BootHole vulnerability threatens Windows and Linux computers

It may have a fun name, but this new security vulnerability is no laughing matter. Researchers have discovered a bug in the software that runs even before any operating system is started, which could give hackers uncontrolled access to a computer. And while Linux computers are directly at risk from this exploitation of BootHole, almost all Windows computers in the past decade are also vulnerable to being hacked and hacked with almost no telltale sign of a compromised system.

At the heart of this vulnerability is the computer’s boot process and the UEFI Secure Boot system that should protect that process. Whether it’s a PC or even a phone, there is software called a boot loader that manages the boot of the operating system itself or any recovery mode that needs to be performed. To protect this boot loader, the UEFI Secure Boot system was developed as a way to check for legitimate bootloaders and firmware, while blacklisting the poorly known.

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The problem occurs when the boot loader itself has a bug that can be exploited to gain privileged access to a secure system, as in the case of the GRUB2 boot loader used by almost all Linux distributions. A boot loader runs with more privileges than the root user or administrator of an operating system and its only verification is through signed or certified code. If a hacker can switch from a boot loader to a valid but exploitable version, the Safe Boot process will no longer be sensible.

Unfortunately, BootHole doesn’t just affect Linux systems. Since managing certificates for all firmware, drivers or boot loaders is a logistical nightmare, the computer industry has decided to use a certification authority or CA to sign this software, of which Microsoft’s third-party UEFI CA UEFI is the most popular. Since UEFI CA considers GRUB2 to be a certified boot loader, any computer that relies on Microsoft’s third-party UEFI CA is also vulnerable to BootHole, which means almost all computers currently on the market in recent years.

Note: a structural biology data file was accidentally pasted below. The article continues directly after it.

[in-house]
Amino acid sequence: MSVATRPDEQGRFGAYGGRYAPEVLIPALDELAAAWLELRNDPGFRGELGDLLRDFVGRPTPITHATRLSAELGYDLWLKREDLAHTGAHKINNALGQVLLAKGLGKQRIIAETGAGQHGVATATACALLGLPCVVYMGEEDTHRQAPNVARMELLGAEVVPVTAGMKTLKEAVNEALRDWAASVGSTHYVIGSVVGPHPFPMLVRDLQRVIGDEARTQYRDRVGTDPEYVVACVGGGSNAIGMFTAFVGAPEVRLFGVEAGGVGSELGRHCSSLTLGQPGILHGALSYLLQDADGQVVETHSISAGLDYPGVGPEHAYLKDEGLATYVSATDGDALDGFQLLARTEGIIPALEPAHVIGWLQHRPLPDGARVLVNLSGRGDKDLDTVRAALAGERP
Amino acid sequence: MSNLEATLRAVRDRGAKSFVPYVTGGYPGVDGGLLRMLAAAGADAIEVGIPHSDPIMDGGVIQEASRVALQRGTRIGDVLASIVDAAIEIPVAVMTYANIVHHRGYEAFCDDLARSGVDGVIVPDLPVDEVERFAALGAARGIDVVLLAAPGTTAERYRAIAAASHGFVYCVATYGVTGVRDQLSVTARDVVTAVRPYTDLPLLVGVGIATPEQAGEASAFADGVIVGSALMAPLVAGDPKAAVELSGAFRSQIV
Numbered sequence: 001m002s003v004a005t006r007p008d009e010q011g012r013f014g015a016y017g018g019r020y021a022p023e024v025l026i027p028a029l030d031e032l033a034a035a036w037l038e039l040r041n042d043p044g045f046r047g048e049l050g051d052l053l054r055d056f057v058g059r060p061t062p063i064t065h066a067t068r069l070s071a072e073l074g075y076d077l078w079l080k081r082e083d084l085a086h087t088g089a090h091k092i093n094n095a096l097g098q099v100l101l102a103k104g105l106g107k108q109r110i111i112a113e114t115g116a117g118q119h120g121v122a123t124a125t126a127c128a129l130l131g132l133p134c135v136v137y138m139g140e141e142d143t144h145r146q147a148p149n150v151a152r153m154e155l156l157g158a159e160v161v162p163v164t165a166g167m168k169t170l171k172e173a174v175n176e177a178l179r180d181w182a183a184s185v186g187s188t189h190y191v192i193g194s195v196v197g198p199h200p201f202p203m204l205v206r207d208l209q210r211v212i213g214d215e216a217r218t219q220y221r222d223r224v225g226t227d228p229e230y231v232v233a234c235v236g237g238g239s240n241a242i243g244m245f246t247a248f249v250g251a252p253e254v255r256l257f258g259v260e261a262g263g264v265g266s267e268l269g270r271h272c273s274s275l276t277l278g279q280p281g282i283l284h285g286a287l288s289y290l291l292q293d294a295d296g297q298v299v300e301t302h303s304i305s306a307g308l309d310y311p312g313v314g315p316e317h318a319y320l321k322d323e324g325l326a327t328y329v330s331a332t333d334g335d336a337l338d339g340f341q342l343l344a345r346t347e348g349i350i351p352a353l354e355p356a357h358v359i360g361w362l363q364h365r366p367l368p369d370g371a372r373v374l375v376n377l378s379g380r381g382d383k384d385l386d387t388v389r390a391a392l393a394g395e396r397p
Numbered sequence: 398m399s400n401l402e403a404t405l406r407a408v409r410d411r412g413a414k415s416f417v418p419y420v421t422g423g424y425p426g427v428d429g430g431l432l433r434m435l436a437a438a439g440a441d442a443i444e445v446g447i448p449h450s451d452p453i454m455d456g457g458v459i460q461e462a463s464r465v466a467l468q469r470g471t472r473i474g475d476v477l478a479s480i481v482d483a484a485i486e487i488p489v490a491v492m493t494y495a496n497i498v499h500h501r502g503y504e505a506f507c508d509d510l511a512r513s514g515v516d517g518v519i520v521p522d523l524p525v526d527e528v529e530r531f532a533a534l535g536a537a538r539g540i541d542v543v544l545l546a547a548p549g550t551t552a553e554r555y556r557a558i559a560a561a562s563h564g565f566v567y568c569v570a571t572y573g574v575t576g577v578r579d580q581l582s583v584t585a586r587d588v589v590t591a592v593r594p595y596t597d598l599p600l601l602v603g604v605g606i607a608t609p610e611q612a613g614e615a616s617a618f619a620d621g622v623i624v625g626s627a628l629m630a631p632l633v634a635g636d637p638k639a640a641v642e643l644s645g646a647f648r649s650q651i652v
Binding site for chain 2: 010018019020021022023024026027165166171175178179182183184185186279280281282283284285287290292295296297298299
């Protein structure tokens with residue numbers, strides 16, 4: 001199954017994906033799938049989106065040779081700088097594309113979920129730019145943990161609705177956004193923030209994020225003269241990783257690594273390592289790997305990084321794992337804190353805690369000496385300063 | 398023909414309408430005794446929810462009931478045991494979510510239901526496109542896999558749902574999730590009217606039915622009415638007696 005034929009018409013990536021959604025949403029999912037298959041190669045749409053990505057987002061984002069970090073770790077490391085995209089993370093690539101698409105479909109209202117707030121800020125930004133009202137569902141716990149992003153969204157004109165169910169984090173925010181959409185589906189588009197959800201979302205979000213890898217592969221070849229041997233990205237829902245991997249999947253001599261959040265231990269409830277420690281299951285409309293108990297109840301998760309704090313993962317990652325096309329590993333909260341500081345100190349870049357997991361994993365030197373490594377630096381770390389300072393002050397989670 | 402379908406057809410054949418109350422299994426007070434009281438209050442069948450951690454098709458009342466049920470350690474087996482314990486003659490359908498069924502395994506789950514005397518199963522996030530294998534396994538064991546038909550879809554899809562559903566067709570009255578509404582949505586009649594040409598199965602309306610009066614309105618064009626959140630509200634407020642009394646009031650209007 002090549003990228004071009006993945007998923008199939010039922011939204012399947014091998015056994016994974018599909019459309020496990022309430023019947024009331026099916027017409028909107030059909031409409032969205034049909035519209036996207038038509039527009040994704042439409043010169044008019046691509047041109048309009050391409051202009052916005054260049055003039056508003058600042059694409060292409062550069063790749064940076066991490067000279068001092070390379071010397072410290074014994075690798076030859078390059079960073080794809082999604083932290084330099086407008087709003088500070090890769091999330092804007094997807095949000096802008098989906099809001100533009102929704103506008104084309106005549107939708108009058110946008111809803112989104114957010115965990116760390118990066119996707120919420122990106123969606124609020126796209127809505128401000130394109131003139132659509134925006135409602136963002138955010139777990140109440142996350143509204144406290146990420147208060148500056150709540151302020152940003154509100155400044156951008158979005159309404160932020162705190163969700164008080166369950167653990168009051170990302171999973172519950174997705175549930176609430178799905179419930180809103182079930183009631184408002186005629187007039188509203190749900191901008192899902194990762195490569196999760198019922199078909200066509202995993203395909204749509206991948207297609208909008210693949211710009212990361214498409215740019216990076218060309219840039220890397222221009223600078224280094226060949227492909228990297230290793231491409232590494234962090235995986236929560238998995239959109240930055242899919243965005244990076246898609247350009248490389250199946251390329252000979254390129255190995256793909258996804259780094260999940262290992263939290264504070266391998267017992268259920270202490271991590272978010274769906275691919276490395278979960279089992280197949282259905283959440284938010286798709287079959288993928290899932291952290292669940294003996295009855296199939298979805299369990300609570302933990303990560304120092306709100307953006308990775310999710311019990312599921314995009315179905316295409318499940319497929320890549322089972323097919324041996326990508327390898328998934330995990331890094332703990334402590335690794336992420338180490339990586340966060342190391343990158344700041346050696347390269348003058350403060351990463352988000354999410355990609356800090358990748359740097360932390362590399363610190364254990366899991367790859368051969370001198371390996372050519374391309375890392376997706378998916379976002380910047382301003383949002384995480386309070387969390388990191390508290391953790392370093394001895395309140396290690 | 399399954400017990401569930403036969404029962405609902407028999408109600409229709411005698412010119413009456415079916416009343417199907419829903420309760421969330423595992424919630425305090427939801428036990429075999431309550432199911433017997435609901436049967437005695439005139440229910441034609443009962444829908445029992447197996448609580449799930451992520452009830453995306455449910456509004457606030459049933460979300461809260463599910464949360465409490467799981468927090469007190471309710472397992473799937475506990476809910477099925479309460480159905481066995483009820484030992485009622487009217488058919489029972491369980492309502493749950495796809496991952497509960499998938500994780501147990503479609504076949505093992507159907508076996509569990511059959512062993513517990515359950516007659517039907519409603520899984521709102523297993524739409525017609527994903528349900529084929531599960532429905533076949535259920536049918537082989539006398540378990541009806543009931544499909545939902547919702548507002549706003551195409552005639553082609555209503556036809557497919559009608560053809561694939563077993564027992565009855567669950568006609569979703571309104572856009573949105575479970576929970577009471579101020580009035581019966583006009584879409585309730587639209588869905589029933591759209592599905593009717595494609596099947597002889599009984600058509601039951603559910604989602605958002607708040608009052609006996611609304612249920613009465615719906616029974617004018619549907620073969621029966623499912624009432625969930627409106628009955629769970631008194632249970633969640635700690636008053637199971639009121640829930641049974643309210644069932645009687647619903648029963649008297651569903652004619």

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Eclypsium security researchers, who reported the vulnerability, are asking for an industry-wide update and re-signing of the affected software, something he admits could take years to happen. However, there is no reason to panic, as there are small steps that can be taken to protect the computer until all permanent fixes are in place.

These mitigations include the installation of related security updates that OEM and Linux distributions have not released. It also means taking extra care when running unknown programs with privileged access, as this will be the only way for a hacker to switch from a secure GRUB2 boot loader to a vulnerable one. Certainly it is more difficult to use Linux than Windows, but it should not be a reason to relax.

News Reporter

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